http://www.ncbi.nlm.nih.gov/pubmed/15734587
http://www.ncbi.nlm.nih.gov/pubmed/19071644
http://www.ncbi.nlm.nih.gov/pmc/arti...9/?tool=pubmed

now we have Pb2+ being bound by metallothioneins, it protects to a certain extent, but guess what? chronic exposure and metallothionein expression causes toxic insult and eventually renal cell carcinoma.

Here is a link to a paper demonstrating that using the heavy metal Cd2+ (Pb2+ works in the same way, but Cd2+ is what the grant was for.)
http://www.ncbi.nlm.nih.gov/pubmed/8171441

The connection I am trying to make is that just because your blood level goes down, does not mean that the lead is out of your body, it has been sequestered somewhere else by specific proteins. Enough chronic exposure eventually will cause cancer. Again half-life in body is 20-25 years.

yes if you eat a lead BB it will excrete out and not be fully absorbed, but high blood levels followed by low blood levels a year later just means that the metal has been bound by proteins located in other organs.

Here are some other interesting links. Hopefully the study of the metallothioneins leads to an increased understanding of the carcinogenesis of heavy metal exposure.
http://www.ncbi.nlm.nih.gov/pubmed/8184419

Last edited by bjeffv; 02-03-2012 at 02:41 PM.
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  #61  
Old 02-16-2012, 11:07 PM
mr_savvy mr_savvy is offline
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Best to limit all lead exposure

I've been shooting Bullseye for 25 years, much of the time indoors. 25 years ago most of us weren't too concerned about lead exposure, and a lot of ranges weren't well ventilated, but as more and more shooters were finding that they had high lead levels, many of us became more concerned. Now most ranges are much better ventilated and many of the guys I shoot with are wearing respirator masks. My lead is tested twice a year and I started paying attention to lead exposure when my count reached 18. The mask and basic cleanliness precautions brought it down to under 10. Many of the guys I shoot with are still a lot higher. I agree that lead from primers in the air indoors is a major factor but I also take precautions when reloading (keep my hands away from my face and wash well afterward). Many of us have also become concerned with the dust generated by sweeping up brass on indoor range floors. Basically no one is in the range without a respirator when sweeping and efforts are made to keep the dust down. A recent suggestion is to use an oil-based sweeping compound to keep the dust down. We used to use an indoor vac system, but the possibility of fire or explosion from unburned powder on the range floor put an end to that. (Yes, we ignited a pile of sweepings on the floor.) I strongly suggest that anyone who shoots indoors wear a respirator and wash up carefully after shooting and have your lead levels checked regularly.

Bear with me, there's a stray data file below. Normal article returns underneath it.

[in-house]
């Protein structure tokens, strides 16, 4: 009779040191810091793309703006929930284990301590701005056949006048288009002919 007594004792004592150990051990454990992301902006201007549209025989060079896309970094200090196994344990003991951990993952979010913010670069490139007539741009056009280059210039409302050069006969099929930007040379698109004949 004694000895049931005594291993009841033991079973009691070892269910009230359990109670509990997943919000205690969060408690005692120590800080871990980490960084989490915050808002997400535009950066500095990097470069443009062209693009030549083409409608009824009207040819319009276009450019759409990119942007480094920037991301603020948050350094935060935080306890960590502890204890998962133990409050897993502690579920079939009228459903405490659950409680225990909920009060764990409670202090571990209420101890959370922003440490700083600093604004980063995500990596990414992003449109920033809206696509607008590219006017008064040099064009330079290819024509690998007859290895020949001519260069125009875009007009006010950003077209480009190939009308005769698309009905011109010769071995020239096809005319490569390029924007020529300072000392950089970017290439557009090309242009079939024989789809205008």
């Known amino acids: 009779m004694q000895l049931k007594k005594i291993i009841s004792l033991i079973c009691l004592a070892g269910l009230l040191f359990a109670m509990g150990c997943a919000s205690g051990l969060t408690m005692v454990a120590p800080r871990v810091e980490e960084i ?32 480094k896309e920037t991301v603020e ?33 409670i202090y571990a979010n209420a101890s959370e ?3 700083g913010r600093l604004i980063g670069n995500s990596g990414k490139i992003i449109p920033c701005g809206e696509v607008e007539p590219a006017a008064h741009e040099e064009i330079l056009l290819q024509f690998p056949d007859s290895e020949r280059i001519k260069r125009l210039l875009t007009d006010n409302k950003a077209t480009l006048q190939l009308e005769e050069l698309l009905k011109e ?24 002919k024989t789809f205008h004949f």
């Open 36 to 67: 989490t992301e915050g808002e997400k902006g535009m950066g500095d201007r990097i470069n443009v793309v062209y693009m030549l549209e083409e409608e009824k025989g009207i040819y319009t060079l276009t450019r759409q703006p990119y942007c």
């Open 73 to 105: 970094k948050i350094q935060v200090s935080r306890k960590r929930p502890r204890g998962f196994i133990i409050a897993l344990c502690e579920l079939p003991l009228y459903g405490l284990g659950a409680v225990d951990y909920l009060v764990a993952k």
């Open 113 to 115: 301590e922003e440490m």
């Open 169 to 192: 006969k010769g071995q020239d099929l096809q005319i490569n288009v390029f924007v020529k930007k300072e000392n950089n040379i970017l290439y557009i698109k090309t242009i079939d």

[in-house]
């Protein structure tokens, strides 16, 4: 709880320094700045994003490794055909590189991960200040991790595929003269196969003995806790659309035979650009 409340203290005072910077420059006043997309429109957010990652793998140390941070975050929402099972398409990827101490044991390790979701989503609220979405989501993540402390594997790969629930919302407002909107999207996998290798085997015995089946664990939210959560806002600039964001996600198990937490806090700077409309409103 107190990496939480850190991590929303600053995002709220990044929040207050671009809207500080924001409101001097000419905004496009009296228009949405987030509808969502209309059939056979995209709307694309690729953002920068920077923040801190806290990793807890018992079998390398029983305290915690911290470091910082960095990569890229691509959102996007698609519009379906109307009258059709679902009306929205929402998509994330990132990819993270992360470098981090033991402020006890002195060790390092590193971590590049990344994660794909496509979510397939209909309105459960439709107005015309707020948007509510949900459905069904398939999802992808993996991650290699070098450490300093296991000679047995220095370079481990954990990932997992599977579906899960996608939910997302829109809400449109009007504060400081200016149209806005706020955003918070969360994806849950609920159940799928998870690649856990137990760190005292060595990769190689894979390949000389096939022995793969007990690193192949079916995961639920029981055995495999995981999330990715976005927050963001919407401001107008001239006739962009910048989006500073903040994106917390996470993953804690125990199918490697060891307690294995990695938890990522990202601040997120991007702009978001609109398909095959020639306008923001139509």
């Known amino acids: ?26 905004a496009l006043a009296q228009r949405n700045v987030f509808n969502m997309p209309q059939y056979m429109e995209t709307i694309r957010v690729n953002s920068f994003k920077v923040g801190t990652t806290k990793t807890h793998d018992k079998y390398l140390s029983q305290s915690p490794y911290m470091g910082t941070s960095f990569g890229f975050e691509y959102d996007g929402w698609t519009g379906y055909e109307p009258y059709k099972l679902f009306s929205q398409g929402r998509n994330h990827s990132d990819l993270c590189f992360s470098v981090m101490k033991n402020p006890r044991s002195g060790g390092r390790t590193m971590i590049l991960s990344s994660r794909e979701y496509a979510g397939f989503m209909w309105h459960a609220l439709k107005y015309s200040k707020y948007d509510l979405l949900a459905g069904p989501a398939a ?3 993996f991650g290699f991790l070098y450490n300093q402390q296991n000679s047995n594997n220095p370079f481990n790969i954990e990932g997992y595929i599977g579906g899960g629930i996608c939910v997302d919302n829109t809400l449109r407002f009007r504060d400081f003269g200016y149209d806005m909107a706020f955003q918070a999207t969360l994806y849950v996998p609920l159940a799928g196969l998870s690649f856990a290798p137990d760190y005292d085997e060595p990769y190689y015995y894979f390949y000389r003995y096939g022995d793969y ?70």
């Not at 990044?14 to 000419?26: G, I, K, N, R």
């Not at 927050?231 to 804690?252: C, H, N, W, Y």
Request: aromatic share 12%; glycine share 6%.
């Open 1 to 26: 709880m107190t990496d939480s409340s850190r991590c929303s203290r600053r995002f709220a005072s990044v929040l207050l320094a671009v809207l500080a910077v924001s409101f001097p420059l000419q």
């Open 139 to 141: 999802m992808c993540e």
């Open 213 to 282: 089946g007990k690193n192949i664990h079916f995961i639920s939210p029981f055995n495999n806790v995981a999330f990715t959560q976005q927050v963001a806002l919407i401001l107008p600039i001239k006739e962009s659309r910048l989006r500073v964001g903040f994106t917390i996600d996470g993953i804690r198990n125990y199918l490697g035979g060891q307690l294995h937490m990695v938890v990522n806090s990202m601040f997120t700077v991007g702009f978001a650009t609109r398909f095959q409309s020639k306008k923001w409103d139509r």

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  #62  
Old 03-02-2012, 12:17 AM
Keith_J Keith_J is offline
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Citric acid will solvate lead from fired cases, preventing much of the dust issue with case preparation. Lemishine, a product sold for automatic dishwashers is mostly citric acid and does a great job in dissolving brass tarnish.